The first day of school is always special, but especially so for the very young.
By Robin Jovanovich
The first day of school is always special, but especially so for the very young. When students arrive at Rye Presbyterian Nursery School next month, many new experiences are in store for them. Director Emma Whitman, who will be starting her first year at the helm, comes to Rye from New Orleans, where she was director of St. George’s Episcopal School.
When her husband’s technology job moved him back to New York City, she first looked at positions in the city. Whitman, a Wellesley College graduate, who majored in Child Development and History, was no stranger to New York. She worked at a public school in the Bronx, while getting her Master’s degree at Bank Street College of Education, and at a private pre-school in Brooklyn Heights.
“But we wanted a close-knit community and I wanted a school whose philosophy was similar to my own,” she said. St. George’s, like Rye Presbyterian, follows the Reggio model — focusing on individual needs, promoting critical thinking, collaborative problem-solving, and readiness for Kindergarten — and Whitman is a firm believer in that model.
“When I visited Rye Presbyterian, I saw faculty members who engage and get down on the floor with the kids. There was so much excitement among the teachers and parents,” said Whitman, who can’t wait for her first day and the chance to make a great nursery school even better.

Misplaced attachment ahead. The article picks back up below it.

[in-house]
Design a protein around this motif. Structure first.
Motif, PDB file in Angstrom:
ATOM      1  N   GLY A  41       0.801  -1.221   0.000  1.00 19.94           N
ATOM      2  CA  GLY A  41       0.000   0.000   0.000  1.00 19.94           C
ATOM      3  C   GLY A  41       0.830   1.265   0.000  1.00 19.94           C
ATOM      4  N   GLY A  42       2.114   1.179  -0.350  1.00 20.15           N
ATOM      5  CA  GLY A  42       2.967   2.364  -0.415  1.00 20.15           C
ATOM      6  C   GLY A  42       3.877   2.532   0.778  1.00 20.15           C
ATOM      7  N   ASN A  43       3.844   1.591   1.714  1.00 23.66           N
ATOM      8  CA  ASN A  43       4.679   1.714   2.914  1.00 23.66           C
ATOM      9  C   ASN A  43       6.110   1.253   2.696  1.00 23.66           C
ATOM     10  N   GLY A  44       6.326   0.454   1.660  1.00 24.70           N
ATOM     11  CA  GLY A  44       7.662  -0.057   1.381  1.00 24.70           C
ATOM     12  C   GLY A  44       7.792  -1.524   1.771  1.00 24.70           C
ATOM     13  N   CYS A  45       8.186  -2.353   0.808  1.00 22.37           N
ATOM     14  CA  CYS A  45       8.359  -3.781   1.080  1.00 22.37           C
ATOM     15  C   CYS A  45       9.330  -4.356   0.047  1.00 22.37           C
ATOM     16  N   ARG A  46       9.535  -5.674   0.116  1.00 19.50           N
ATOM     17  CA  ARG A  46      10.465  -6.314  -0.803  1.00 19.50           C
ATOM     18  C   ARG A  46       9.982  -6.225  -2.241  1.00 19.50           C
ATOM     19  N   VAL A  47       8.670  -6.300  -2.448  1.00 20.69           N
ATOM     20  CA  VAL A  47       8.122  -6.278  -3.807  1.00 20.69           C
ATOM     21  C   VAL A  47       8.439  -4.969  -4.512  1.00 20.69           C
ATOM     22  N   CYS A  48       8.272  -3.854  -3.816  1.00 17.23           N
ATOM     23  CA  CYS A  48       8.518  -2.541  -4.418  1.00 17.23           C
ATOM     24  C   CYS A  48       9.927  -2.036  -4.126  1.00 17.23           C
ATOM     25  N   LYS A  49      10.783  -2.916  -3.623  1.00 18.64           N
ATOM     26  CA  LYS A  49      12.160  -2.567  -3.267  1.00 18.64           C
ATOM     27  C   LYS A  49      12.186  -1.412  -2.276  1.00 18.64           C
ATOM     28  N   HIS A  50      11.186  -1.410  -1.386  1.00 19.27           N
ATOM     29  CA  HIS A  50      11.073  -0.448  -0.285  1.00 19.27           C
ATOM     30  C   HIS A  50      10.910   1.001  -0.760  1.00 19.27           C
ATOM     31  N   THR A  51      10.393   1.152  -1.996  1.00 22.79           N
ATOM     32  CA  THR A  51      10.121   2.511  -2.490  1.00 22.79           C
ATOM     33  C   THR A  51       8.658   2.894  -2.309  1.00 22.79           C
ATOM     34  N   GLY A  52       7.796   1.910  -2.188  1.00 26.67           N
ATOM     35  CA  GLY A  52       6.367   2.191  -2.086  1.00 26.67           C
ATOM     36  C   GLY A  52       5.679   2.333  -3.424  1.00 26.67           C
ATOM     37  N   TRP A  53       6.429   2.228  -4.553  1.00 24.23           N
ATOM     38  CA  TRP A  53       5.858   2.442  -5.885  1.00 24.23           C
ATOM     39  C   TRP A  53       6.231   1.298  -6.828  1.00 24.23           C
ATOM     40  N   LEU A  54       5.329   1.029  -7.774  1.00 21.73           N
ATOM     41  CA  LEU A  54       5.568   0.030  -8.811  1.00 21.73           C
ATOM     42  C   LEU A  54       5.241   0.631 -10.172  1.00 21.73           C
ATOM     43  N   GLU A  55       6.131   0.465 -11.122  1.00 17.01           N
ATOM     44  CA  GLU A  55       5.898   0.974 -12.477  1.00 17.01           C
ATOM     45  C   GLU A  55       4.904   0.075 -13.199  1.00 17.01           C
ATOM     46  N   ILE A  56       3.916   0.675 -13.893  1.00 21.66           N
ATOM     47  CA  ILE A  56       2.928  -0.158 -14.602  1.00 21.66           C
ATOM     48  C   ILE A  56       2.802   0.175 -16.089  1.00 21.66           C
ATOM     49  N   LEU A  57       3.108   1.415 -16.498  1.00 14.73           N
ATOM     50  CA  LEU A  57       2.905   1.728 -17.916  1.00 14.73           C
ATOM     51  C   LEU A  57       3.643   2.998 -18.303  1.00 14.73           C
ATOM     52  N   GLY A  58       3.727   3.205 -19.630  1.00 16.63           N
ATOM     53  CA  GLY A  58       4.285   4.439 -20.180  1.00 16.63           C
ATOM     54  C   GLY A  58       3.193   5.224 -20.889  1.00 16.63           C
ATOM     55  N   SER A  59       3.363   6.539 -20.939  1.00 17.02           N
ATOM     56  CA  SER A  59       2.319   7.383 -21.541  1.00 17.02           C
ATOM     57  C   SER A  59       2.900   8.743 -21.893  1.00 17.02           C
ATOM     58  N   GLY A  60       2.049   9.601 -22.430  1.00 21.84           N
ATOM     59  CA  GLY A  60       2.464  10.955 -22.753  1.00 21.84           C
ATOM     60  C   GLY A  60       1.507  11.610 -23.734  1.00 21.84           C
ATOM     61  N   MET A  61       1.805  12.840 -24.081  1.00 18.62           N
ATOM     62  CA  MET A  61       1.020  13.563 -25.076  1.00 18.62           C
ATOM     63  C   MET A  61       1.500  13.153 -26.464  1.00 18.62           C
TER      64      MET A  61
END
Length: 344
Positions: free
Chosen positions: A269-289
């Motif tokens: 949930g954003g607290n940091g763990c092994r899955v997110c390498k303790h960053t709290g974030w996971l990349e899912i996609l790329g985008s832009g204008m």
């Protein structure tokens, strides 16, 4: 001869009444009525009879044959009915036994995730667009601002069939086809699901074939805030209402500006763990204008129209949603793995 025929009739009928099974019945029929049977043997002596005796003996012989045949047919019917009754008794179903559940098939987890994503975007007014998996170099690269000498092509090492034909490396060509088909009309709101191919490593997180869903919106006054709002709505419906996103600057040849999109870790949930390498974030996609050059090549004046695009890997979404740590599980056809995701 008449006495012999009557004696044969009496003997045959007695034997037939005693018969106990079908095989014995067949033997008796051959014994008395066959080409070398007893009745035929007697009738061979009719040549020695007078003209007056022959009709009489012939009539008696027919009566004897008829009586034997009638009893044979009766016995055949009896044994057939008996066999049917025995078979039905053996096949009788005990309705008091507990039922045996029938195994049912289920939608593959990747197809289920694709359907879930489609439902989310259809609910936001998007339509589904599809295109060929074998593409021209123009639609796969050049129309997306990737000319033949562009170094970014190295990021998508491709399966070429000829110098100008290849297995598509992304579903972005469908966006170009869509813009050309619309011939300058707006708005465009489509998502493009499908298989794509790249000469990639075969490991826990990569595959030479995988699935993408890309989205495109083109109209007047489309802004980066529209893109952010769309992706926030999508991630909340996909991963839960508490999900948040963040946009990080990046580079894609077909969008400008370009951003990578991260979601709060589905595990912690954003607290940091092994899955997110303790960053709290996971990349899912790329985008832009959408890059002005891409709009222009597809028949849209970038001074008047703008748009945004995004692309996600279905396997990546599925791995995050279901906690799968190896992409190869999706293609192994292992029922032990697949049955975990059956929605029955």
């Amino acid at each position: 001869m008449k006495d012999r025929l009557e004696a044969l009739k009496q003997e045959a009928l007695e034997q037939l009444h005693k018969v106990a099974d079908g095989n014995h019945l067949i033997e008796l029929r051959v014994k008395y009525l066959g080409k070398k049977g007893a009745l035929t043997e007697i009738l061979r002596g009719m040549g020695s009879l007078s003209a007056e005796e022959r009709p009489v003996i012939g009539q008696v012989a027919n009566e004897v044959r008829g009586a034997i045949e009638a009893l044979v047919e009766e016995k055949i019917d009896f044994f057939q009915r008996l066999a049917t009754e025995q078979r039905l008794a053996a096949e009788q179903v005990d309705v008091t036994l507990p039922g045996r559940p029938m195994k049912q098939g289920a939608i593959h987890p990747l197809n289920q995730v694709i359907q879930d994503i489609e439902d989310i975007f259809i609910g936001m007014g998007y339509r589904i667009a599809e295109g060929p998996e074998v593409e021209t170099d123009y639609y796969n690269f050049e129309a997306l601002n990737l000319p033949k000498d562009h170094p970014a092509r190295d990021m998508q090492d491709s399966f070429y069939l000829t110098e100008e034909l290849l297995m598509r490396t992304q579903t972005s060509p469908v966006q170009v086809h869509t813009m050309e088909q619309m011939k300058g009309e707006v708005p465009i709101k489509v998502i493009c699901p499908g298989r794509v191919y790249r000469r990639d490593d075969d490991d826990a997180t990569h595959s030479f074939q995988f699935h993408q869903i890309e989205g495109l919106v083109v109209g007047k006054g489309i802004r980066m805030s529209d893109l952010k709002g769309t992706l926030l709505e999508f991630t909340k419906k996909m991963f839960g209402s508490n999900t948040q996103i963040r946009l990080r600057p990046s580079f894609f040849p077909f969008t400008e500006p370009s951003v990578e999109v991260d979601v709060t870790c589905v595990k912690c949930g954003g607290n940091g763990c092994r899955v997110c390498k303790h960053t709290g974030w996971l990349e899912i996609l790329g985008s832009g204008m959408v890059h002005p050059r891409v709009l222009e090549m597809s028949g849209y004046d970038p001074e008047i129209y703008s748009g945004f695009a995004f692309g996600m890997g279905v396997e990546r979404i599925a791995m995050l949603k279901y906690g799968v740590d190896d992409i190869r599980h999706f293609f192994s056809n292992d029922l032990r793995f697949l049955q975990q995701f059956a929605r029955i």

For starters, RPNS is bringing back parent workshops on separation and Kindergarten readiness. They’re also planning a lot of professional development for teachers.
She’s already had a “play date” at Rye Nature Center. “We partner with them in an extended-day program and they invited me over to explore!” RPNS also partners with the Rye Arts Center. Rye Playschool, which is in the RPNS building, takes younger students and does a lunch bunch which fills more needs. Whitman believes that these are just the beginning of more extended-day relationships as working parents seek more full-day programs.
While getting to know every one of the 300 students who will be attending this fall, Whitman plans to spend time observing in the classrooms.
Last month, Whitman and her husband Dave Hague moved to Mamaroneck from the City. She is close to getting her Ph.D. from Erikson Institute in Chicago and very happy to be part of the Rye Presbyterian Nursery School family. “So far, we only have a dog,” said Whitman.